Use the Burning Crusade Content: Original WoW was good; Burning Crusade is better. Even if you don’t play a draenei or blood elf, try to level up in their starting zones. Better aesthetics, better quests, better loot.

    The Game Starts in the Outlands: Most of WoW’s best content was added in Burning Crusade via the Outland, the Level 61-70 zones. Levels 1-60 are boring by comparison. They’re also a ghost town compared to Levels 61-70. I wouldn’t blame you if you just tried to level up through them as fast as possible to get to Outland; Blizzard even increased your XP gain for the lower levels to help you do it.

    WoWWiki is your Friend: The community has analyzed & picked apart WoW to death; the end result is WoWWiki.com. Use it, abuse it, love it.

    The Company You Keep: WoW has a customer base that rivals casual games for diversity: there are the usual teenage munchkins, but there’s also a lot of college graduates, parents, and families playing it as well. There are oases of civility in there; put some effort into finding them and WoW will be much more enjoyable.

  45. Liz says:

    WoW is incredibly more fun if you play with friends, although personally I do play a lot solo as well. But the main reason I play at all is so that I have an activity I can do with the friends I have who live far away- and it is very, very good for that.

  46. AlphabetFish says:

    I would recommend a PvE server if you’re just starting out. The only thing a PvP server adds is lots of downtime when a vastly more powerful character kills you repeatedly–and this happens a lot, interfering with your questing.

    On a PvE server, you can still do PvP in battlegrounds or even out in the world, but you won’t be FORCED into it like on a PvP server.

    Might I suggest my server… Kilrogg? Old PST server (one of the originals at launch) but it’s stable, with a good player base and lots of people leveling alts that a new player can group with. :)

  47. Gothmog says:

    Noooooooooooo!

    Hold strong, Shamus. May you emerge from the depths of WoW with your soul intact.

    *bows head*

    *dirge music starts*

  48. Shinjin says:

    The true test of friendship – start on a server where nobody else you know has a character and see who is willing to start up on *yours* ;)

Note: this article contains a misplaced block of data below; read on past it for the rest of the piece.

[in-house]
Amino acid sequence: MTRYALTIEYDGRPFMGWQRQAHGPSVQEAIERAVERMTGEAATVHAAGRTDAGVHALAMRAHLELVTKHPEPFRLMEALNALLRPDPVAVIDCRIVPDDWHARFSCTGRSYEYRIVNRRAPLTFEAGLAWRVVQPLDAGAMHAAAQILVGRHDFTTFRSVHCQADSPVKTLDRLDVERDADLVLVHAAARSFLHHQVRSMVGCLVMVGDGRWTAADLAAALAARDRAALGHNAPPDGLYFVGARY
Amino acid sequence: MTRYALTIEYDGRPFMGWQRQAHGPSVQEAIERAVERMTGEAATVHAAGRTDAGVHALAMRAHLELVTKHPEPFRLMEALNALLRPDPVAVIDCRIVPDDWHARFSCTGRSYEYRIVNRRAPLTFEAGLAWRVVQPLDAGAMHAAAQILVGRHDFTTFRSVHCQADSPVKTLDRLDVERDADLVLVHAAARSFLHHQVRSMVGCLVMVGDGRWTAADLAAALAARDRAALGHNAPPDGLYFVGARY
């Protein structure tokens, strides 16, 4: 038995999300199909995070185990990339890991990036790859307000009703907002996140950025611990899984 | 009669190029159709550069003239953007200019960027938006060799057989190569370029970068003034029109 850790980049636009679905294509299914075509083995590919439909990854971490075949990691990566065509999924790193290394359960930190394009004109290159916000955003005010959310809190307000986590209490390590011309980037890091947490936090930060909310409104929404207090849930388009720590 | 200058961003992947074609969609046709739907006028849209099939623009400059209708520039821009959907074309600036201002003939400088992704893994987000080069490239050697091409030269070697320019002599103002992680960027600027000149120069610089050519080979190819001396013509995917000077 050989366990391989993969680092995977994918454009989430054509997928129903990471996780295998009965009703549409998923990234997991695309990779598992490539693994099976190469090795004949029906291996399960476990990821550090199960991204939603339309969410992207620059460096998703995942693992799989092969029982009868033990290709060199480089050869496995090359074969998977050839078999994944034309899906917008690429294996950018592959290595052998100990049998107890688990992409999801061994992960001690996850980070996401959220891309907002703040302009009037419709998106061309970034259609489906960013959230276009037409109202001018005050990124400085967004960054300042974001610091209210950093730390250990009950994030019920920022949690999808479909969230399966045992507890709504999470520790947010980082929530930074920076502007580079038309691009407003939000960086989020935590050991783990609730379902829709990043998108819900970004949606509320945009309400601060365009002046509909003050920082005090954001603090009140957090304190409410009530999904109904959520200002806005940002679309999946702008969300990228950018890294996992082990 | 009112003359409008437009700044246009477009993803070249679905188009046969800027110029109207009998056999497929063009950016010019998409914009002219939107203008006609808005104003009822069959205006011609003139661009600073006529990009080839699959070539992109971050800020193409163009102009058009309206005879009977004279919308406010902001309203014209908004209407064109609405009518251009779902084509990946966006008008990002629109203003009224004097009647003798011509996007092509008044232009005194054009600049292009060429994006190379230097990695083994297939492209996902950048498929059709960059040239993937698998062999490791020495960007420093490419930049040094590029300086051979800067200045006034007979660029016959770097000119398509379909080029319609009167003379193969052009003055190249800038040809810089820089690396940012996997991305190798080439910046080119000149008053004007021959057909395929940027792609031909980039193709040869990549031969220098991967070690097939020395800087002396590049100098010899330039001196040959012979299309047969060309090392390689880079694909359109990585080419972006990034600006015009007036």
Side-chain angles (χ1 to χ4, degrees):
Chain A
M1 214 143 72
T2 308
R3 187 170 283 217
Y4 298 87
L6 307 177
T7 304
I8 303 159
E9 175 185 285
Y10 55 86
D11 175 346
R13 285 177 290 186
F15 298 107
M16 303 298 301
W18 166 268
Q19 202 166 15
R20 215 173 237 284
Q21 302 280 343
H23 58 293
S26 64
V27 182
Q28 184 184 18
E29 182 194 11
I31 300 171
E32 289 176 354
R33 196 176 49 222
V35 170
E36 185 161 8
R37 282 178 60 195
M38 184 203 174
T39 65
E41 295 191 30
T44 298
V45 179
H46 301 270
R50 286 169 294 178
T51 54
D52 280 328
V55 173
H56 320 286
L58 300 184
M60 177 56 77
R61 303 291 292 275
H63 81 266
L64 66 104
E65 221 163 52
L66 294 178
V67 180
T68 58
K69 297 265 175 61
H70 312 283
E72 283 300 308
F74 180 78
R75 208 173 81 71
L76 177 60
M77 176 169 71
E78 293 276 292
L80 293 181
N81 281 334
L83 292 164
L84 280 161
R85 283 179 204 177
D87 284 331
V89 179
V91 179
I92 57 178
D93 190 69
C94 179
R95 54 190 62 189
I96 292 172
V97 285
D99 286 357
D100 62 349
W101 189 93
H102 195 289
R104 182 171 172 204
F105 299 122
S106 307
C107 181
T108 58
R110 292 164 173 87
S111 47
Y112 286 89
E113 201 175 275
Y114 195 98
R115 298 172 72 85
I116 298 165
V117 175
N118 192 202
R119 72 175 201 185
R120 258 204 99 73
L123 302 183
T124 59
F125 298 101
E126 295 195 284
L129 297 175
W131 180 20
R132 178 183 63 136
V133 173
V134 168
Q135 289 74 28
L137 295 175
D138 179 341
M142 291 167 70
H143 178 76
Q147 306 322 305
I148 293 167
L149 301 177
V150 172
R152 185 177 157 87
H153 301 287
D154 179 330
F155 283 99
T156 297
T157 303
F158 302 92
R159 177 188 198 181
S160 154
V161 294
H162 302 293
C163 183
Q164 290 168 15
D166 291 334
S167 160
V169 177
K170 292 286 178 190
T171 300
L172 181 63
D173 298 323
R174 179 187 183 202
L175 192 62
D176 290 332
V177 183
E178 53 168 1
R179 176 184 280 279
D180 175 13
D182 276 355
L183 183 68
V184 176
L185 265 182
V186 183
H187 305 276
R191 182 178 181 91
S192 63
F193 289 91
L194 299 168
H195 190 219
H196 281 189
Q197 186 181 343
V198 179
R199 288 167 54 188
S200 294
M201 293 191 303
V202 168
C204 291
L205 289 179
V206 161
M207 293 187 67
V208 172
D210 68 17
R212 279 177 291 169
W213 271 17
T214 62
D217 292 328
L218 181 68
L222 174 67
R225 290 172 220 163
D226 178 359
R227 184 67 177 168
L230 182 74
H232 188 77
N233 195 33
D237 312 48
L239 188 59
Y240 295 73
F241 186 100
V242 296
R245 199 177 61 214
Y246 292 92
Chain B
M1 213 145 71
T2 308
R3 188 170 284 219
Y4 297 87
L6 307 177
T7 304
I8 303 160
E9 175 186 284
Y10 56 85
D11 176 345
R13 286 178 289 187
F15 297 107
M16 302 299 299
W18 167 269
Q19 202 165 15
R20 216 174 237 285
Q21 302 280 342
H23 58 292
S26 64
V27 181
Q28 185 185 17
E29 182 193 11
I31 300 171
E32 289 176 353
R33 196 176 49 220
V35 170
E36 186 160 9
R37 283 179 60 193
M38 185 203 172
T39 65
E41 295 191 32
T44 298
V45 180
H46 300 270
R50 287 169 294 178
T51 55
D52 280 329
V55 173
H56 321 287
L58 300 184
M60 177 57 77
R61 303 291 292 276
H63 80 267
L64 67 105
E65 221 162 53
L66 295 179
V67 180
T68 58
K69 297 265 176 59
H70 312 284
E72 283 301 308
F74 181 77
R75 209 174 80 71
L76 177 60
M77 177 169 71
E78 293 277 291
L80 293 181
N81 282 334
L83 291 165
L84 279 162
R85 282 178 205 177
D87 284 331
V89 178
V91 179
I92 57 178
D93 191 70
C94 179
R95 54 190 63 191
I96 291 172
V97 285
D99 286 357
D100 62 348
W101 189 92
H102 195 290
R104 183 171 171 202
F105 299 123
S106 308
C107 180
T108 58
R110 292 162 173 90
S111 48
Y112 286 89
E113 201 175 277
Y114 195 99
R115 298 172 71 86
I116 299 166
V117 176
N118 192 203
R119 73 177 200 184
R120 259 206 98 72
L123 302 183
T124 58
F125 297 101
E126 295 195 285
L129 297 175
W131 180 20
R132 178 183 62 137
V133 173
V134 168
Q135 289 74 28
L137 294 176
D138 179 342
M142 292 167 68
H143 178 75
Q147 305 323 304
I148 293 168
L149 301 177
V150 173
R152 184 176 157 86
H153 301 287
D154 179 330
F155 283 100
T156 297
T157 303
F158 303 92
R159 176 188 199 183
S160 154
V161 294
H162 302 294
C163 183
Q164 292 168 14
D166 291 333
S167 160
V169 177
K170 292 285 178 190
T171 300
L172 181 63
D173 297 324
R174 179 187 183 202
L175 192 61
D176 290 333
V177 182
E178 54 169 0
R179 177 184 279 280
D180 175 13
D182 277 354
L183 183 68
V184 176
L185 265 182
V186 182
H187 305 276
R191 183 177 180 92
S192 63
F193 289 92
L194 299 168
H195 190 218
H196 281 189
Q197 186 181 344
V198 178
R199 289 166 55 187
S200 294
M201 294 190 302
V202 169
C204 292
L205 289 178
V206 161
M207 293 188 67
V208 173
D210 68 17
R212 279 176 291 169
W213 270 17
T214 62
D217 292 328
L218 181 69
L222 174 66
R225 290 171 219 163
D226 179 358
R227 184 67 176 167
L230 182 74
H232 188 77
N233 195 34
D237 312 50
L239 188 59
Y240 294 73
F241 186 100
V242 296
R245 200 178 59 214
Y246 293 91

49. Darian says:

    You’re behind the times! WoW is obsolete in MMO terms, Age of Conan is where it’s at now! First person shooting for the Rangers, directional combat and shielding, and a lot cooler scenery.

  50. Mephane says:

    Well, I have played WoW for 2-3 years, with a half-year break in between, and it is a fun game, but the problem ist mainly that in the end, you sit at maximum level and if you don’t like the endgame raiding, the e-sports-wannabe-PvP (arenas) and excessive money grinding/daily repeatable quests (every day the same, heh), you will likely lose interest after a while at maximum level. But until then, it _is_ a very fun game, despite its flaws, and to a newbie to MMORPGs, I can definitely recommend it. It teaches you much about what makes a MMORPG good as well as what makes it bad.

  51. Meta says:

    God speed.

    I second the notion for a PvE server. The only thing PvP seems to add to the game is ganking. And some raiding, but you’ll notice the ganking more.

    Never found it very addictive myself, though I played for roughly 2 years in total, with some breaks. Had there not always been something binding me to the game, such as the goal of max level or friends, I had played a lot less.

  52. Sheer_FALACY says:

    I second the recommendation somewhere of making a hunter. There are quests anyone can solo, quests that require groups but not instances, and quests that require you go into dungeons. Hunters can solo most quests that require groups, and given your opinions that seems like a major plus.

  53. Nanja Kang says:

    As an avid tabletop RPG’er, I found WoW boring. I also was dragged into WoW late (about 2 months ago) and I played it for a bit, but lost interest. I have heard Age of Conan is good it has a fun active combat system, but I think that you will become bored with WoW quickly, and find that it has little substance for your Shamus. And I think Mephane also said what needed to be said as well, you will see obvious problems, and the grinding it takes to be where you WANT to be becomes excessive.

  54. Mari says:

    I’ve thus far managed to avoid the WoW syndrome. I’ve seen it repeatedly referred to as a drug. I find it to be more like a cult. All my friends that play WoW are constantly trying to “bring me into the fold” with them. I expect any day to answer a knock at the door and find people handing out free 10-day trial discs as they attempt to share their enlightenment and happiness with me.

    Shawn’s obviously already been lost to them completely. Don’t follow, Shamus, please. Be a beacon of sanity and a hero to those of us who refuse to convert. :-P

  55. Spam Vader says: